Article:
THE South Australian Council of Social Service has released a new report that casts a light on the issue of access to safe, secure and reliable drinking water services in regional and remote SA.
The Falling through the gaps report, undertaken by water policy consultants Aither, also provides practical steps that can help bring real change, to ensure that communities in these areas can have this fundamental need met.
SACOSS is calling for action on this critical area.
SACOSS chief executive officer Ross Womersley has welcomed the report's insights into the realities of water service provision in rural and regional SA, and some of the key challenges being faced.
"It has long been clear that something needs to be done about access to safe, affordable and reliable drinking water services for people living in regional and remote communities in SA," he said.
"The situation being faced in some communities is simply not okay. We can do better than this, and we must."
Key findings and points made in the Falling through the gaps report include:
One of the problems that has been highlighted in this report, is that there is no one clear source of information or understanding about what is going on.- ROSS WOMERSLEY
"One of the problems that has been highlighted in this report, is that there is no one clear source of information or understanding about what is going on. Different organisations hold different pieces of the picture, but it is fragmented and incomplete," Mr Womersley said.
"As a result, no-one in or out of government knows or understands the magnitude of the problem. So there is a tendency to short-term and sometimes perhaps shortsighted solutions to individual problems where they flare up.
"It's unclear what is an isolated issue and what may be more wide-ranging. The report finds that this contributes to a lack of responsibility and coordinated action.
"The good news is that the work that has been done with this report, which also builds on previous work undertaken in this space, gives us some clear steps to take to fix drinking water supply for people living in regional and remote SA communities."
SACOSS is calling for the government to:
"We know that the Productivity Commission in its draft report has already made a recommendation for states and territories to step up with a commitment to ensuring access to a basic level of safe and reliable water for regional and remote communities. Let's get ahead and see SA lead the way on this. It's the right thing to do for our regional communities, and the right thing to do for our state," Mr Womersley said.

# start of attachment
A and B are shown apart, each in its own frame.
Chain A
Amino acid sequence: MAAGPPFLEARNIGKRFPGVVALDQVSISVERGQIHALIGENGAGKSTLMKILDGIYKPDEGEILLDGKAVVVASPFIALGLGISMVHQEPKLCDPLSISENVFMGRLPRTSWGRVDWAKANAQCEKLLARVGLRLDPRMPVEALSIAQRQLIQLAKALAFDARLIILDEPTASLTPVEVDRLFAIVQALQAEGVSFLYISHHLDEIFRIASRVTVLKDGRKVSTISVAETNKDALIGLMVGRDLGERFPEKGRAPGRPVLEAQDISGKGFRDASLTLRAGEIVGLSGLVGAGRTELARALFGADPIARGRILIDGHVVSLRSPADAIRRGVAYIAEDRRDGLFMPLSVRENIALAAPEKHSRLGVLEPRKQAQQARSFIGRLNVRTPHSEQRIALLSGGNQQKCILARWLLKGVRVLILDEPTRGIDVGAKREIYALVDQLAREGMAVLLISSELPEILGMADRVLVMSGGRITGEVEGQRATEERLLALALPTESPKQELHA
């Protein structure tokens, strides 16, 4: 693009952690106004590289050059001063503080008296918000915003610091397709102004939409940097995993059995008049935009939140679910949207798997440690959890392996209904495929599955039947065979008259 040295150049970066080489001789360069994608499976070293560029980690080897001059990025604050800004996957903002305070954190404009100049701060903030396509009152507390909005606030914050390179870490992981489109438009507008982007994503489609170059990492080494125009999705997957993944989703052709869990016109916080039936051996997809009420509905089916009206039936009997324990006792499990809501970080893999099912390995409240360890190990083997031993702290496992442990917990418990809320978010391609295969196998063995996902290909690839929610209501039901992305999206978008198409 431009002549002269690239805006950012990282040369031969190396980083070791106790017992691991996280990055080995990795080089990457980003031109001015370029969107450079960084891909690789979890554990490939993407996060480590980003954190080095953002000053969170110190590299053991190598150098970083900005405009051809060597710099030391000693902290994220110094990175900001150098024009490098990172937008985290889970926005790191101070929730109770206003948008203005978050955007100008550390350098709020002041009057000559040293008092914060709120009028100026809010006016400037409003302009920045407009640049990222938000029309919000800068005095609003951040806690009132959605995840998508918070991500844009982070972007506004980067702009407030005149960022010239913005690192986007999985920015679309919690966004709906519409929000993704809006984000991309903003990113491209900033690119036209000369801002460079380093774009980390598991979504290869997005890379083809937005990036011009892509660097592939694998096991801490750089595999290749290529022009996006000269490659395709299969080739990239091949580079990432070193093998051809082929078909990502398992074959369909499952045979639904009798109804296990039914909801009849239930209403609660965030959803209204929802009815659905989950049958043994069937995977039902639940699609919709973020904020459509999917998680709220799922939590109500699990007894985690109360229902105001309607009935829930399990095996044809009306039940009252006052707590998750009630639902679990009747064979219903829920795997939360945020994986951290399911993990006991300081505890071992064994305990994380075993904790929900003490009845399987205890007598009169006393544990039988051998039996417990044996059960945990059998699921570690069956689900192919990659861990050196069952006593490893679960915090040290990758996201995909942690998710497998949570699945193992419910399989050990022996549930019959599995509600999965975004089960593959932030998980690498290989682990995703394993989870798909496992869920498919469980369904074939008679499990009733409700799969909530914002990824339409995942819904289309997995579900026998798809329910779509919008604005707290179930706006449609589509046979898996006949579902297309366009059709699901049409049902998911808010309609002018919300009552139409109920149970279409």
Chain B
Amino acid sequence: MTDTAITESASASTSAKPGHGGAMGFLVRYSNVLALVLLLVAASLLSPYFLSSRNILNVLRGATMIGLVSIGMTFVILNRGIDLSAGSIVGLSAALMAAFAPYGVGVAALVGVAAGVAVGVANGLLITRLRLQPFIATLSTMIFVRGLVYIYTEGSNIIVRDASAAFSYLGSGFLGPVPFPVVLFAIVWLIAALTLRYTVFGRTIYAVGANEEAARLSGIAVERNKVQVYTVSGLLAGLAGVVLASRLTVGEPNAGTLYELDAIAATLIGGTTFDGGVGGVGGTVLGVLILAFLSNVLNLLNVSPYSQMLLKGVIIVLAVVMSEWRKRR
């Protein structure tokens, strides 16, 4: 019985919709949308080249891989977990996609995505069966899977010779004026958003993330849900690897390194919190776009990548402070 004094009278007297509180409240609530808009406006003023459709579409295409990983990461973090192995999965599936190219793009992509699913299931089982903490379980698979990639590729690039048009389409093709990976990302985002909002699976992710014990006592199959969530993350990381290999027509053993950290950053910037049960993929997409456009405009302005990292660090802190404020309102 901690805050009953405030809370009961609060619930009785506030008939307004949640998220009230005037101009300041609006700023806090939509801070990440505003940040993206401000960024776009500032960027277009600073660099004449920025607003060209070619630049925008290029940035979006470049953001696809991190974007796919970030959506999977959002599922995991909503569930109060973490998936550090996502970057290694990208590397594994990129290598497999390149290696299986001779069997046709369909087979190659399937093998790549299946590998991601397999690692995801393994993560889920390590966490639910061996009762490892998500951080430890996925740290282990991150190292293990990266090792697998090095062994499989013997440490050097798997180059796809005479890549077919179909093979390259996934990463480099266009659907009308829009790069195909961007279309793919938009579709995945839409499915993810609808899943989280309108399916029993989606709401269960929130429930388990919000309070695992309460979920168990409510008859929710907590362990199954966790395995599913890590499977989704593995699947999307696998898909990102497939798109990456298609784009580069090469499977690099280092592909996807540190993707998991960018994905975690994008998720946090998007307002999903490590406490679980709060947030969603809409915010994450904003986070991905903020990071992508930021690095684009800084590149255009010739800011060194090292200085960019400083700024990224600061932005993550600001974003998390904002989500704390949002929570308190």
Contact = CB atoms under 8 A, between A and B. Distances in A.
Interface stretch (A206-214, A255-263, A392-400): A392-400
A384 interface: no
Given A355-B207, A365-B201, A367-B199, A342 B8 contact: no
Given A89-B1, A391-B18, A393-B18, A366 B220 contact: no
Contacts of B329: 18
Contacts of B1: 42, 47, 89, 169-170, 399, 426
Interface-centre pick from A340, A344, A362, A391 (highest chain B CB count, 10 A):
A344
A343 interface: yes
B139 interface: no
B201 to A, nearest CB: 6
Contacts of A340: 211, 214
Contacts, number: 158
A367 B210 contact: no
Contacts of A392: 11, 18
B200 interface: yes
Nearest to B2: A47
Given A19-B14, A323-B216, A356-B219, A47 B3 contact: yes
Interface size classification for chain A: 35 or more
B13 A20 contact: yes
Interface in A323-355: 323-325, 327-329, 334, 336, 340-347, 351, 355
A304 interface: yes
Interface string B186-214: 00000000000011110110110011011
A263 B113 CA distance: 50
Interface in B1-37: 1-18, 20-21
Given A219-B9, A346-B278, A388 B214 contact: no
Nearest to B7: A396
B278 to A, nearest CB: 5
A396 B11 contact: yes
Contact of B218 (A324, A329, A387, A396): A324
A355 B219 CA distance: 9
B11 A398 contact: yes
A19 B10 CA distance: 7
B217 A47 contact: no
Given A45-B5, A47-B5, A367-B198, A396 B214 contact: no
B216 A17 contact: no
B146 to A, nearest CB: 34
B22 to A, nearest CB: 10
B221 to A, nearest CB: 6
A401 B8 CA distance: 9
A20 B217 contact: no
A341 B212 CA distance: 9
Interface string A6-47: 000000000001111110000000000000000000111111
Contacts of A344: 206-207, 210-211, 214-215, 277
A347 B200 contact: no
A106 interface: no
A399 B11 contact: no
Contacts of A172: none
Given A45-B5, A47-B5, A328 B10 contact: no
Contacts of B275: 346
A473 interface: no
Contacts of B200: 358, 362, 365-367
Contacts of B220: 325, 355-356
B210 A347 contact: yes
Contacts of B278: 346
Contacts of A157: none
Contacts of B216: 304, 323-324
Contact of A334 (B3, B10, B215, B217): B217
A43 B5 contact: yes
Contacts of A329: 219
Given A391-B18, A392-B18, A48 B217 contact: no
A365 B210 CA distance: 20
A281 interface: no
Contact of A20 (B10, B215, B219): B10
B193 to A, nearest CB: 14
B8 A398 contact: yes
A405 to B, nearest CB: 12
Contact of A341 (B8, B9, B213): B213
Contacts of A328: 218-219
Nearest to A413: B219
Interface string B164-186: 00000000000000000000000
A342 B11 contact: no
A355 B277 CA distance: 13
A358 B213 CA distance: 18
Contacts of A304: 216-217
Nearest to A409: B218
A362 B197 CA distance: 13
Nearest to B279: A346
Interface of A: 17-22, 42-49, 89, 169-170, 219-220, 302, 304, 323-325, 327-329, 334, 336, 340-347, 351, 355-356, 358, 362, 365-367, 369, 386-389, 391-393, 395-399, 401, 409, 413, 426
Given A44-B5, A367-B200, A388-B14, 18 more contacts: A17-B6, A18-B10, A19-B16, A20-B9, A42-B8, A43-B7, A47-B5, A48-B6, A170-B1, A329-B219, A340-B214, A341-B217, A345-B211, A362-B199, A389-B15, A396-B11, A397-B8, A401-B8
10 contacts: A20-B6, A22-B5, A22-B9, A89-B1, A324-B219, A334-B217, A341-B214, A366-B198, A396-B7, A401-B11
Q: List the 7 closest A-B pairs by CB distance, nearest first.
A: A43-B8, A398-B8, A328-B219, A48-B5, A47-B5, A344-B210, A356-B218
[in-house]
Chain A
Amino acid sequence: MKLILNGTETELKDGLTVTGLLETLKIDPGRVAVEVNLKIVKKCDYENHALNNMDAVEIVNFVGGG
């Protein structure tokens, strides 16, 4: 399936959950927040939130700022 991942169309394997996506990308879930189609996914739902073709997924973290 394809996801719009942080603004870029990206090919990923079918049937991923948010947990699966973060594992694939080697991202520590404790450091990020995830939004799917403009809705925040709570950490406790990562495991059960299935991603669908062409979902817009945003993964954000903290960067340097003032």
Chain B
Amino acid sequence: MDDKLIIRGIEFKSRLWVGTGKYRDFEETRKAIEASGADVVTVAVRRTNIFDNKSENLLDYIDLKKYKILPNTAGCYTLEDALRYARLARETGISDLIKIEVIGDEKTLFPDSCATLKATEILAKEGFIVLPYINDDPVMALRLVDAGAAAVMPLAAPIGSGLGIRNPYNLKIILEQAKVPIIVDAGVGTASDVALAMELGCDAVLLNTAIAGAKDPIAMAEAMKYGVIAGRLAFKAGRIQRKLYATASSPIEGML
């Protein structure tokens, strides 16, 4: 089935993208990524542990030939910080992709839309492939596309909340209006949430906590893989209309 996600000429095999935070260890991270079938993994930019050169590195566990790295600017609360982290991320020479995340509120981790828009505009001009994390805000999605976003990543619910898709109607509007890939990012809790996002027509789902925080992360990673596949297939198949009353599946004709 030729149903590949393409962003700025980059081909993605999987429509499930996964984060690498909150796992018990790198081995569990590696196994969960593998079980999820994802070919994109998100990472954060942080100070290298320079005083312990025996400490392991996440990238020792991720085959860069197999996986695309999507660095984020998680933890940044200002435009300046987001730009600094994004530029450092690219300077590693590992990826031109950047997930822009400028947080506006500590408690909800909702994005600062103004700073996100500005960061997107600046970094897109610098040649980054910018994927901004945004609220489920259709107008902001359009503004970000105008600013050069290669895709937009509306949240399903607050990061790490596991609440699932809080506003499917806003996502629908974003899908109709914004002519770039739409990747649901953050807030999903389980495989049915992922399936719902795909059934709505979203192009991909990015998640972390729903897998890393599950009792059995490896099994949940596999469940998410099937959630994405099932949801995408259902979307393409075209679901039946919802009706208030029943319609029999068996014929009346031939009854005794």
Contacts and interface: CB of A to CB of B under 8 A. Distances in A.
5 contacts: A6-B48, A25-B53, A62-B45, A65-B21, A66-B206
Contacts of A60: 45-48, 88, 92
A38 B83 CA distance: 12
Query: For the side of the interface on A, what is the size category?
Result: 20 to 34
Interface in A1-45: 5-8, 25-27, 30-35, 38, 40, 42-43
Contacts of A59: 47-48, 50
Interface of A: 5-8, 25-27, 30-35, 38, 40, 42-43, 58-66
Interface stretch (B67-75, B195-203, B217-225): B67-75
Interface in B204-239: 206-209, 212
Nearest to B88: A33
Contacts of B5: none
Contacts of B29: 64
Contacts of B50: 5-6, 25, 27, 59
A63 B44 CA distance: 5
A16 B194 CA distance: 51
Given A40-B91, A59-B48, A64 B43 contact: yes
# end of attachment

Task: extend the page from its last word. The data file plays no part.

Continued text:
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The report comes as the state government announced this week that consultation was under way on a draft Water Security Statement for SA.
The draft statement aims to provide a snapshot of water security across the state and highlight the actions underway to address existing and emerging water security challenges.
It will give an overview of the state's water resources, how they are used and strategies to make sure our water supplies are secure and reliable into the future.
Environment and Water Minister David Speirs said having an acceptable quantity and quality of water for people, communities, industry and the environment that was affordable now and into the future was essential.
"Past water-related investments in infrastructure and reforms across SA have provided high levels of water security for the vast majority of the state's population," he said.
"Water availability, however, is projected to decline across the state under a changing climate and there is also increasing demand for water to support growth in agriculture, mining and energy, as well as for growing towns and cities.
The key challenge now is to build on past investment to ensure all South Australians have adequate water security and to grow the state's economy in a sustainable way.- DAVID SPEIRS
"The key challenge now is to build on past investment to ensure all South Australians have adequate water security and to grow the state's economy in a sustainable way.
The strategic priorities will form the basis for the state government's water security program from now until July 2024.
"A key new element of our proposed water security program includes the development of targeted water security strategies," Mr Speirs said.
"These strategies will supplement traditional water planning in regions, or for sectors, where there is evidence that a lack of water may limit long-term growth.
"People, communities, industry and the environment all rely on ongoing, reliable and affordable access to water and water security planning will be critical to safeguard our water supplies into the future.
"We would like to hear the community's thoughts on the draft Water Security Statement."
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